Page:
I know you said that you don’t read e-books and I totally get it. I resisted for a long time and now, even though I have a Kindle I absolutely love reading on my old iPhone 4. You can control the contrast and the font size so it is much easier on the eyes that I anticipated.

        If your library supports it you can also get e-books from the library right from your home.

        You probably already know this but I figured it wouldn’t hurt to share in case someone else reading wasn’t aware.

    • kimba56 says:

      It was an awful experience and there are thousands out there who have and who are experiencing this. I never heard of FIP until I had Kona. I had 3 other cats before him. The loss will always be felt … They do leave paw prints on our hearts! My hank you!

    • kimba56 says:

      Thank you Patti. I started a page on Facebook for him called Kona’s Story – Fighting FIP back when he was diagnosed, all the way until he passed and still keep up with it. The book is based on that page as it is a diary of his days…which were sometimes really great. The book is not as sad as many think as he had some wonderful days with us.

      We do miss him everyday! Thank you for your kind words!

    • kimba56 says:

      Thank you! I am so sorry I did not respond sooner. Kona was very easy to share and I started his story on Facebook where I journaled his days after the diagnosis. I am not sure why I did it. I do know that after a while it became therapy for me, getting out every day how I felt and how I thought he felt from his actions. So many people loved him and wanted me to continue. So I did, even after his passing. I am sure all of our lost loved ones are waiting to meet us again when it is our time. I never doubt that…it keeps us going! Hugs to you!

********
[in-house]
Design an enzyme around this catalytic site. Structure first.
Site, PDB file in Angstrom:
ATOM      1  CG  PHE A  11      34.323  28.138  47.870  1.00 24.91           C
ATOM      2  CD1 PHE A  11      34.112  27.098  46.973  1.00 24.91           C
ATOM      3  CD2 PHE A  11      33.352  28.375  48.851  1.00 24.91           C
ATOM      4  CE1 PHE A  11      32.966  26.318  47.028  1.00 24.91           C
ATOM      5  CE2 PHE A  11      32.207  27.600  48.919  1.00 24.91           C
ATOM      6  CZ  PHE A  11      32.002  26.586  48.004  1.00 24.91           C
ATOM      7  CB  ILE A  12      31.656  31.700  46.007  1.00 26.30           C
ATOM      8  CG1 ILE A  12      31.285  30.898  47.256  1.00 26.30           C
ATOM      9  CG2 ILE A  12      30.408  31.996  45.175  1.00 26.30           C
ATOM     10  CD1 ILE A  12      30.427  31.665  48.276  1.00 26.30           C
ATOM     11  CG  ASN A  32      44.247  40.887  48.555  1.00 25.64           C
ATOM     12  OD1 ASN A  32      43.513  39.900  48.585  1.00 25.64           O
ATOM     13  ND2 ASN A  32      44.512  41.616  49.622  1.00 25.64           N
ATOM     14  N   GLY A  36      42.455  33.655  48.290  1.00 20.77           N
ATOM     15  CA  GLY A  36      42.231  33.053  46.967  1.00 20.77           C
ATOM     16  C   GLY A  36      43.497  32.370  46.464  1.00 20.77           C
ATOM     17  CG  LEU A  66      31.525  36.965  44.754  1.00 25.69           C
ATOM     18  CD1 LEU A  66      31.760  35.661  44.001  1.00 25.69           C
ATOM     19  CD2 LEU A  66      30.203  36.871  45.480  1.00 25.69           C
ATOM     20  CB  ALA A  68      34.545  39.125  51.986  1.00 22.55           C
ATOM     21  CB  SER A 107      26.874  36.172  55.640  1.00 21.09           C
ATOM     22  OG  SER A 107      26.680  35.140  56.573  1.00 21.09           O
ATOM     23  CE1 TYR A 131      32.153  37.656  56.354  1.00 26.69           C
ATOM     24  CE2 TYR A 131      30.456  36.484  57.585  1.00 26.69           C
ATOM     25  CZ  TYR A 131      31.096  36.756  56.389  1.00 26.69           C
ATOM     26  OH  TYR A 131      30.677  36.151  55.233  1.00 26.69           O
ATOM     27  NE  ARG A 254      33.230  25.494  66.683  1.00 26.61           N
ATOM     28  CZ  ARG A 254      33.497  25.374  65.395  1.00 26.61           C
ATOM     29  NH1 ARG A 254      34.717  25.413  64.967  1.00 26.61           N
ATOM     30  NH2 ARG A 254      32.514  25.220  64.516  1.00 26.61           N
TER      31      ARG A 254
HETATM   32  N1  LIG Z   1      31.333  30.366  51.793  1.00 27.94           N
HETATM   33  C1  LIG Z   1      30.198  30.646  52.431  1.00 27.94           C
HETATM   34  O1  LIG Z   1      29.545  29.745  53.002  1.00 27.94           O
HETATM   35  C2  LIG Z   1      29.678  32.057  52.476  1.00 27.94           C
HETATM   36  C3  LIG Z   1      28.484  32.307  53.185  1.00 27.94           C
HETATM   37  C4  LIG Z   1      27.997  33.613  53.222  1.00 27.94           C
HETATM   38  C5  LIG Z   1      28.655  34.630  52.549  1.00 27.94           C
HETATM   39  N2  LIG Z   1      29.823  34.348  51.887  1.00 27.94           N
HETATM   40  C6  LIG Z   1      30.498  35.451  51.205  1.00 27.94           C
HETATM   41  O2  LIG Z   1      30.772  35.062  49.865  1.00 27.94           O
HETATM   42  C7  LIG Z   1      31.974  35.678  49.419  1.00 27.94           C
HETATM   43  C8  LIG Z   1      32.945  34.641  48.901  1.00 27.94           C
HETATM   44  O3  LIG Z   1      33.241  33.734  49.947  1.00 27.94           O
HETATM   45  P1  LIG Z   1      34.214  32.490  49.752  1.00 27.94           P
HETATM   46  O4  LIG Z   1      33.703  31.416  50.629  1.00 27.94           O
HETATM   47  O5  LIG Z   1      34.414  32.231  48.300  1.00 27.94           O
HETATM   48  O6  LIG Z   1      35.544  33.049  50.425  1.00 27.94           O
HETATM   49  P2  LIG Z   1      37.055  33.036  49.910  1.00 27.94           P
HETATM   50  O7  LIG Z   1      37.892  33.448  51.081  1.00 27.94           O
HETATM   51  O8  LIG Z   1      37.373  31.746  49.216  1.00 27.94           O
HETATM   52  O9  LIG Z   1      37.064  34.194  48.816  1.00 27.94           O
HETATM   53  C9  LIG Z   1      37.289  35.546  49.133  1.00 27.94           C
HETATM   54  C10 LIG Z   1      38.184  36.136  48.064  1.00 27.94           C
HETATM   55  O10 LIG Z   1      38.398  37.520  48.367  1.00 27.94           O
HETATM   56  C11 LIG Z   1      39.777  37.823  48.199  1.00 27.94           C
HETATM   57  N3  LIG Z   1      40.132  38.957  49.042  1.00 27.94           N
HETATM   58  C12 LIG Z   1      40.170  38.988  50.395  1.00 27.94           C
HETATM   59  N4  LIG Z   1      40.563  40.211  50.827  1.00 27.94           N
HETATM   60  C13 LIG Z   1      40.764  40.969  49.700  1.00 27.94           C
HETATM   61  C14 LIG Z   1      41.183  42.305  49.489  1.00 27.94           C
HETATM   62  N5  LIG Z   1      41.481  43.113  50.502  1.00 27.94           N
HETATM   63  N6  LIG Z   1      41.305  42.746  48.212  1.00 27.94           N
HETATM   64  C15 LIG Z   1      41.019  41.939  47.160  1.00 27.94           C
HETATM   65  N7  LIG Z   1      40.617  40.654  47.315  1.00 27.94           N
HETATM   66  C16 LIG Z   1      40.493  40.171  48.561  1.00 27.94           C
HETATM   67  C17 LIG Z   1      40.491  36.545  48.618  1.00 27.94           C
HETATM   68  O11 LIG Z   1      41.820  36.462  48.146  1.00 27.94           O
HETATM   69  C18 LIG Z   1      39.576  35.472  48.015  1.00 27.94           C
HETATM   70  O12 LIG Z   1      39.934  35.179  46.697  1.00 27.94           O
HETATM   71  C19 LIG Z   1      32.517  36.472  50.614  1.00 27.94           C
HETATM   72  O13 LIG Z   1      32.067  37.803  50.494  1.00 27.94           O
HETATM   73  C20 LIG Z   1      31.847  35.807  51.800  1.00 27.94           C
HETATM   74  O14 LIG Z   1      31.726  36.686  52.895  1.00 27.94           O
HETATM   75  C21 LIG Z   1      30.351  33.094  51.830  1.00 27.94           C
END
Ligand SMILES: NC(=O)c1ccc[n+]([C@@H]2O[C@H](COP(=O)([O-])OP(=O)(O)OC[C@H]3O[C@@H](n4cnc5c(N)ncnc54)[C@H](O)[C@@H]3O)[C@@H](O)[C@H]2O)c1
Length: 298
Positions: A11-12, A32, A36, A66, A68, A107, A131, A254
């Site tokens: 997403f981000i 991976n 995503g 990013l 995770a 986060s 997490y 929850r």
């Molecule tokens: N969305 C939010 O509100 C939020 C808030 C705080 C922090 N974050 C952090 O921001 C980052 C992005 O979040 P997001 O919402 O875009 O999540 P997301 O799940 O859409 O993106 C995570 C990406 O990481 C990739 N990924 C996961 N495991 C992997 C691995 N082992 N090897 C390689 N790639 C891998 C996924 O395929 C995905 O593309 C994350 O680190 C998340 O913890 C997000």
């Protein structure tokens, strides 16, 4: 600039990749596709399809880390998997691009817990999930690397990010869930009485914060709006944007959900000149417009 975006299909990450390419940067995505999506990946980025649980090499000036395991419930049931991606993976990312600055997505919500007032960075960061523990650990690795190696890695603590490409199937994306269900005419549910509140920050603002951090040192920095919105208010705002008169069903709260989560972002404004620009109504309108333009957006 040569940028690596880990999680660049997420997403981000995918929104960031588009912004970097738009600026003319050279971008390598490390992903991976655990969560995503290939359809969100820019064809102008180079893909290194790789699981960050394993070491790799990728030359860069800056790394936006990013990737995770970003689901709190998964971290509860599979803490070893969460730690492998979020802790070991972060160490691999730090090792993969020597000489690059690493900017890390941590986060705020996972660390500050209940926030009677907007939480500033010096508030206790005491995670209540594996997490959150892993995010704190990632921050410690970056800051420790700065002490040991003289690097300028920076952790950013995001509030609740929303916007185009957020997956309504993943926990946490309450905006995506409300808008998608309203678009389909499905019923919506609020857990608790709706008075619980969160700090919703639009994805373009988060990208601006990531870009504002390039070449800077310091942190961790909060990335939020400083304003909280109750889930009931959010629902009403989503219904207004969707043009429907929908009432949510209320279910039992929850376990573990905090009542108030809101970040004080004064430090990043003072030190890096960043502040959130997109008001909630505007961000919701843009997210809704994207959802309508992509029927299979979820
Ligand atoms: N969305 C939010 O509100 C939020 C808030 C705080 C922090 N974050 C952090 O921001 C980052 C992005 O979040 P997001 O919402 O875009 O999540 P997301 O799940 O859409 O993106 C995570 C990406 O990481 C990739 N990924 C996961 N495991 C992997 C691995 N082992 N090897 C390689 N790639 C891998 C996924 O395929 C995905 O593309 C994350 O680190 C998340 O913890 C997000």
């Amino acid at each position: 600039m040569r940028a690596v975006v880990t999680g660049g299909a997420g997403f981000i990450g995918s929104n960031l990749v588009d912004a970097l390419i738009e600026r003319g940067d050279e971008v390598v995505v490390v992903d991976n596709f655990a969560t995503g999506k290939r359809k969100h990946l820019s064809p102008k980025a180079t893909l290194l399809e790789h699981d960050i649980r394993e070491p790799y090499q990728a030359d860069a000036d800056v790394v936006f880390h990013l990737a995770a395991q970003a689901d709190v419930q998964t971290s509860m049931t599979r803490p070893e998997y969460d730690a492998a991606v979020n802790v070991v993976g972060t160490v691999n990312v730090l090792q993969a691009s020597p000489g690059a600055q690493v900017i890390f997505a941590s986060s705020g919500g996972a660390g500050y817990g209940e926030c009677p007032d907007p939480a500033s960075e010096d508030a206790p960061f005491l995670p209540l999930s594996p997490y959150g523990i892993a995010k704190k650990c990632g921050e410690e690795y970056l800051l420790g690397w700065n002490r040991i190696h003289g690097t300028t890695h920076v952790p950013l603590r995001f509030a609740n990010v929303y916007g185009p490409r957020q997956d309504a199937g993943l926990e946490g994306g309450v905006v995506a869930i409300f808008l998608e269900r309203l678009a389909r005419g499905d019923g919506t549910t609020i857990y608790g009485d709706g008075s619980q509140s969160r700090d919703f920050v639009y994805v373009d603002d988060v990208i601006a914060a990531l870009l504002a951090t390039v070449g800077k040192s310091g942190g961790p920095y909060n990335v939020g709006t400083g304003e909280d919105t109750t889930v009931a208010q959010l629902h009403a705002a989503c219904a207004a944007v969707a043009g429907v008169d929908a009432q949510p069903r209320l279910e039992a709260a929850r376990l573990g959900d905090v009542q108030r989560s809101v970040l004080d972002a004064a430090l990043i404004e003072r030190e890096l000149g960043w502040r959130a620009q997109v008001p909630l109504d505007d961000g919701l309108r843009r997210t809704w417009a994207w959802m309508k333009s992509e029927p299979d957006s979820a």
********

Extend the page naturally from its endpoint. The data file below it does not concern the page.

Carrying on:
4. chris chocallo says:

    Deborah, I read your story with tears in my eyes. We brought a darling Ragdoll, Widget into our home only three weeks ago, and he has won our hearts from the very first day. Can’t imagine the pain of losing him. thank you for what you are doing to save the lives of these wonderful creatures. Chris Chocallo and Widget, Sarasota FL

    • kimba56 says:

      I am wishing you many healthy and happy years with Widget! I am sure he will bring you lots of joy. They are wonderful animals! Thank you for your kind words.

  5. Christy says:

    What a beauty Kona was. I’m so sorry that his time with you was so tragically short. While he was here it sounds like his days were filled with fun, peace, contentment, joy and loads of love.

    • kimba56 says:

      Oh he had lots of great days, even after diagnosis he did well for quite some time. His days are journaled in the book. He will never be forgotten! Thank you!

  6. Teresa Reid says:

    Am so very sorry for your loss of Kona. Truly know the shock and horror that overtakes you when you found out your sweet Kona had FIP. It is a brutal disease that can’t be stopped and takes away our angels so prematurely just when they are enjoying their lives just as Kona was doing. I, too, had a kitten, Mishi, a blue Persian, who was diagnosed with FIP (wet), and there was nothing that could be done for her except to let her go peacefully just as you did for Kona.

    So hope that you have come to a good place now and are not still feeling any guilt for helping Kona end his suffering and cross the Rainbow Bridge. The decision that you made to not hold on to him any longer and let him go peacefully and with dignity was the most unselfish gift of pure love that anyone can give. Know that he will always be in your heart. So wonderful that your book is being used to help study FIP for a cure someday. You can be sure that Kona is in Heaven looking down at you and is very proud of you for doing such a positive thing. ♥♥♥♥

    • kimba56 says:

      Thank you Teresa and I am so sorry for your loss of Mishi. I believe all of our FIP kittens are together waiting to see us once again. They are special and endured so much in their short lives. I hope one day to see the cure to FIP. Thank you for your kind words.